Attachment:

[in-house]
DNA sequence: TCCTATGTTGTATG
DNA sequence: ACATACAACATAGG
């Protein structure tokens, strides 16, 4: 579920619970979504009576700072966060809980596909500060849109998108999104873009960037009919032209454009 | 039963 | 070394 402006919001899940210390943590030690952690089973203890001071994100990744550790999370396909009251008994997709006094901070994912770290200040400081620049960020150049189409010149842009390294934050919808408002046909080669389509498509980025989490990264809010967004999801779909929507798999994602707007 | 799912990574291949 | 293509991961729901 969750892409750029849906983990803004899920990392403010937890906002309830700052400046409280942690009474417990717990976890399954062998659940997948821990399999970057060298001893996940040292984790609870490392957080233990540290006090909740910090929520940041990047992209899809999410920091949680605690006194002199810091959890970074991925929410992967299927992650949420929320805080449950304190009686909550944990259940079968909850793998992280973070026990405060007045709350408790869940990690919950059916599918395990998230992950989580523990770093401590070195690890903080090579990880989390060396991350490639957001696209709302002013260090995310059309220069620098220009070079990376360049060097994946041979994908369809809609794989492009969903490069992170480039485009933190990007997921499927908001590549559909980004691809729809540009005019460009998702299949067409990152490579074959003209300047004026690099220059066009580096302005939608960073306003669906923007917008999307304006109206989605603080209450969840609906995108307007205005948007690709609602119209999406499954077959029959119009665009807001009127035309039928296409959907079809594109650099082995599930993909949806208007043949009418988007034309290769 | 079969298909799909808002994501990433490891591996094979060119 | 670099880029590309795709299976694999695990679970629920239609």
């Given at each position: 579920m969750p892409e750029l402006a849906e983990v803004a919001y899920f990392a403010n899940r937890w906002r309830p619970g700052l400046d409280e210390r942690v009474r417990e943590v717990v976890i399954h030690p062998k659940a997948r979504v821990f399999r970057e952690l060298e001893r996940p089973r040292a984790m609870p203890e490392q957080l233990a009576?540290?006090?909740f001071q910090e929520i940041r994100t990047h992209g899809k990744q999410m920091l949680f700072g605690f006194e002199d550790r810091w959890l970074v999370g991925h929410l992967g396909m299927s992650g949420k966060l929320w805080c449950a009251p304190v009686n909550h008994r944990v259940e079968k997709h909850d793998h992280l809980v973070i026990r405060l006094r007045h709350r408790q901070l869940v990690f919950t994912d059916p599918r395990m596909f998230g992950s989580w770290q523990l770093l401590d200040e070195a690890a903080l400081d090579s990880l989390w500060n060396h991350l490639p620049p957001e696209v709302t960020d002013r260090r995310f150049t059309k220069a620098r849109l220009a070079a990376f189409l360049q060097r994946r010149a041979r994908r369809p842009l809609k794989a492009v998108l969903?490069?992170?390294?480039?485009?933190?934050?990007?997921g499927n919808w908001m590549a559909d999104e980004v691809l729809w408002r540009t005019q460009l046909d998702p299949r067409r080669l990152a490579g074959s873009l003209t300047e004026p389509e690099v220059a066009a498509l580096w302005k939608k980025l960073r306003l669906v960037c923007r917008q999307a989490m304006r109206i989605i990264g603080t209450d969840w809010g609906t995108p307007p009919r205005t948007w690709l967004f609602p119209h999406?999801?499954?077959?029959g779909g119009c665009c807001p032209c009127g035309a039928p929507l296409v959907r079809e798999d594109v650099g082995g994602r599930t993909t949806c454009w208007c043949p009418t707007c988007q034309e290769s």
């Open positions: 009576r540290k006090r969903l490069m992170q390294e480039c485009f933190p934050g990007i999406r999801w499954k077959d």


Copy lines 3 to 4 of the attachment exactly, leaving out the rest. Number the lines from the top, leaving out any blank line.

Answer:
DNA sequence: ACATACAACATAGG
């Protein structure tokens, strides 16, 4: 579920619970979504009576700072966060809980596909500060849109998108999104873009960037009919032209454009 | 039963 | 070394 402006919001899940210390943590030690952690089973203890001071994100990744550790999370396909009251008994997709006094901070994912770290200040400081620049960020150049189409010149842009390294934050919808408002046909080669389509498509980025989490990264809010967004999801779909929507798999994602707007 | 799912990574291949 | 293509991961729901 969750892409750029849906983990803004899920990392403010937890906002309830700052400046409280942690009474417990717990976890399954062998659940997948821990399999970057060298001893996940040292984790609870490392957080233990540290006090909740910090929520940041990047992209899809999410920091949680605690006194002199810091959890970074991925929410992967299927992650949420929320805080449950304190009686909550944990259940079968909850793998992280973070026990405060007045709350408790869940990690919950059916599918395990998230992950989580523990770093401590070195690890903080090579990880989390060396991350490639957001696209709302002013260090995310059309220069620098220009070079990376360049060097994946041979994908369809809609794989492009969903490069992170480039485009933190990007997921499927908001590549559909980004691809729809540009005019460009998702299949067409990152490579074959003209300047004026690099220059066009580096302005939608960073306003669906923007917008999307304006109206989605603080209450969840609906995108307007205005948007690709609602119209999406499954077959029959119009665009807001009127035309039928296409959907079809594109650099082995599930993909949806208007043949009418988007034309290769 | 079969298909799909808002994501990433490891591996094979060119 | 670099880029590309795709299976694999695990679970629920239609």